09 Feb Civil Society Documentation Efforts: Working Together to Identify and Find Solutions
[Brianne McGonigle Leyh is an Associate Professor of Human Rights Law and Global Justice with Utrecht University and a Senior Legal Advisor with PILPG, working on transitional justice and human rights documentation. Milena Sterio is The Charles R. Emrick Jr. – Calfee Halter & Griswold Professor of Law & LLM Programs Director and Managing Director at the PILPG, working on transitional justice and human rights documentation. Gregory P. Noone is a Professor of Political Science and Law at Fairmont State University, a retired U.S. Navy judge advocate, and a Senior Peace Fellow and Senior Legal Advisor with PILPG, working on atrocity crimes, accountability, and human rights documentation.]
Recently, the Public International Law & Policy Group (PILPG), The Engine Room, and HURIDOCS published a report titled, “Human Rights Documentation Solutions: Human Rights Documentation by Civil Society – Technological Needs, Challenges, and Workflows.” This needs assessment report is the culmination of nearly a year of research and interviews, completing the first phase of a larger project to assist civil society organizations in conducting human rights documentation by ensuring access to sustainable, tailored, and secure technological solutions that facilitate their efforts for truth, justice, and accountability. PILPG and its partners found that there is not one overarching need throughout the field, but rather, individual concerns of a variety of actors. In 84 pages, the report identifies 10 key findings. In this blog, we tease out three of the key findings that are applicable to civil society documenters, tool developers, and transitional justice experts. We also highlight the incredible work around civil society documentation efforts and stress the need for synergy among various actors involved in documentation initiatives in order to find solutions to existing challenges.
The Context of a Needs Assessment
Civil society organizations have long been involved with efforts to document and investigate atrocities and human rights violations in conflict and post-conflict settings (see here). Civil society actors are often well placed to collect information about atrocity crimes due to their temporal and geographic proximity to the locations of such crimes, access to survivors, and trust from impacted communities. And in the last decade, these documentation efforts have increased significantly as technologies have become more available and easier to use (see here, and here). Yet, despite this critical work in building a complete picture of violations and their impact, many civil society documenters have unmet documentation and technology needs that require dynamic solutions.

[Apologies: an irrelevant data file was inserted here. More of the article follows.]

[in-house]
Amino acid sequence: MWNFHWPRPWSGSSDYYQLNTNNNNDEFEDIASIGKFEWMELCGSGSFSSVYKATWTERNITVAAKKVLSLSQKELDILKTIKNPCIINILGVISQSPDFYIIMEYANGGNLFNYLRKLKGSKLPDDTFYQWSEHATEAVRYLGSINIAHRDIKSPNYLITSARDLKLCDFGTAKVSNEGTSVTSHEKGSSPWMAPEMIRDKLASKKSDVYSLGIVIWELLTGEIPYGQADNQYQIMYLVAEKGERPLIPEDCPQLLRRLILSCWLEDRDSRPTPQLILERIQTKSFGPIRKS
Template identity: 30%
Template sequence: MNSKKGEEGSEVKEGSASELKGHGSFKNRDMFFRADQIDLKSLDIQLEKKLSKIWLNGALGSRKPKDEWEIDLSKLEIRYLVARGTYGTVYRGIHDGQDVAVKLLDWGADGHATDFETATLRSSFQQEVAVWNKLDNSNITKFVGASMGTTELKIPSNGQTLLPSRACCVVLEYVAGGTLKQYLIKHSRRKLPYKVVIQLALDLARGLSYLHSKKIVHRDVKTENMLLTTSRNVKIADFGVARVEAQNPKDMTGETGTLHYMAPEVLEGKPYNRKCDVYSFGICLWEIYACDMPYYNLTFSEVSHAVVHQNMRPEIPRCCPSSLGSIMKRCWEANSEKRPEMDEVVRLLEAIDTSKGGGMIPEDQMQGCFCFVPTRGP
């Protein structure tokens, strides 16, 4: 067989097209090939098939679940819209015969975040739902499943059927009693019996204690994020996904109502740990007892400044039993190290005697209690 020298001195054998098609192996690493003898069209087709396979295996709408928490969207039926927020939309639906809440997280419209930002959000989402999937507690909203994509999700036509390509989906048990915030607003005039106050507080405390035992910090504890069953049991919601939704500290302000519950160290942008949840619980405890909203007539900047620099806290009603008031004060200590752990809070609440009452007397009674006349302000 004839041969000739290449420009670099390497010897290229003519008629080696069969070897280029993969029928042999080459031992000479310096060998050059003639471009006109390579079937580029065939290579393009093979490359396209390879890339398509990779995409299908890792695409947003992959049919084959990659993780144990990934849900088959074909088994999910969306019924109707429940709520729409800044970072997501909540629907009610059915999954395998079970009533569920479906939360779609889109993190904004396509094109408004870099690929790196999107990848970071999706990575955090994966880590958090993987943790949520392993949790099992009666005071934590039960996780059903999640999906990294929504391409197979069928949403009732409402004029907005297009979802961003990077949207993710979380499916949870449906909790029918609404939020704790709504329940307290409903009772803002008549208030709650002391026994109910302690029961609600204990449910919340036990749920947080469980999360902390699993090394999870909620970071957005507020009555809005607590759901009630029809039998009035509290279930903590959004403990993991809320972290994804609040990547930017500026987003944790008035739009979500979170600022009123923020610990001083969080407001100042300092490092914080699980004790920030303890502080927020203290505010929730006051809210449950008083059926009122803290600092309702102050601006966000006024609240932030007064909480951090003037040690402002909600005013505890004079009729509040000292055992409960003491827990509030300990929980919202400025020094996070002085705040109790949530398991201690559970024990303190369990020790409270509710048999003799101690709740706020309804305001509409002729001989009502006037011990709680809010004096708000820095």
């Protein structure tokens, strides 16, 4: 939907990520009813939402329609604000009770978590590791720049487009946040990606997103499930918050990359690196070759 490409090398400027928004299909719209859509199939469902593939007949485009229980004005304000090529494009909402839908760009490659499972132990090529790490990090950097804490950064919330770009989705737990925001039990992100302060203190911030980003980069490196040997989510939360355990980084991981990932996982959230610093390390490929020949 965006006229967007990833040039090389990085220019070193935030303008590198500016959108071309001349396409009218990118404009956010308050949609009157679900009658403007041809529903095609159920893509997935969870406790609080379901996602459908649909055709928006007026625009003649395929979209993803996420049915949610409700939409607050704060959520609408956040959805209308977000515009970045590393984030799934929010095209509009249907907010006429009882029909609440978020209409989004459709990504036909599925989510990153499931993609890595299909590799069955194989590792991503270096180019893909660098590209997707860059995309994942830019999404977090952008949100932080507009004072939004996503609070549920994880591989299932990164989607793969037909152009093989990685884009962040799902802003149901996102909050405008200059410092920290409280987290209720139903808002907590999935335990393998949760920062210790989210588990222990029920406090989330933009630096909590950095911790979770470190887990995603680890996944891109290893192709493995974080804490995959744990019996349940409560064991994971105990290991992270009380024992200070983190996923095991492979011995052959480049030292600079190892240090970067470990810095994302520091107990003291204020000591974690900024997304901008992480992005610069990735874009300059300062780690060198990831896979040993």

To address these needs, a growing and diverse number of organizations working in the fields of documentation and technology have started to build important networks and partnerships. Organizations such as eyeWitness, Horizontal, Benetech, Bellingcat, C4ADS, and others are providing crucial technology tools and support. International NGOs such as Open Society Justice Foundation, Amnesty, TRIAL International, Civitas Maxima, ECCHR, and more are providing key assistance in how best to utilize the documentation work and around navigating legal and policy landscapes. Likewise, university and academic partnerships are increasing as well. The universities involved in Amnesty’s Digital Verification Corp are all playing an important role in documentation and accountability efforts. Foremost among these universities is the work carried out at the University of California Berkeley’s Human Rights Center. All of these actors have been working (often in partnership) on ensuring that information and evidence collected by a wide array of human rights documenters is preserved, usable, and potentially admissible in future accountability processes.
Notwithstanding these crucial and important steps, challenges remain and demands for documentation assistance are growing. PILPG, in partnership with The Engine Room and HURIDOCS (together, the “Consortium”), have also been working to substantially contribute to this important work by addressing these challenges and demands. In 2019, PILPG began work on a civil society documentation project funded by the Bureau of Democracy, Human Rights, and Labor at the U.S. Department of State. Throughout the first phase of PILPG’s project, the Consortium conducted interviews and roundtable discussions, culminating in the release of the needs assessment report and public launch event, featuring discussants from civil society, tool development, and legal backgrounds. In the next phase, PILPG and its partners will be co-designing and developing an iteration of Uwazi, an existing HURIDOCS software tool, to come up with a more widely-used, user-friendly, and sustainable open source tool to continue facilitating this interaction between documenters, tech experts, and other institutions.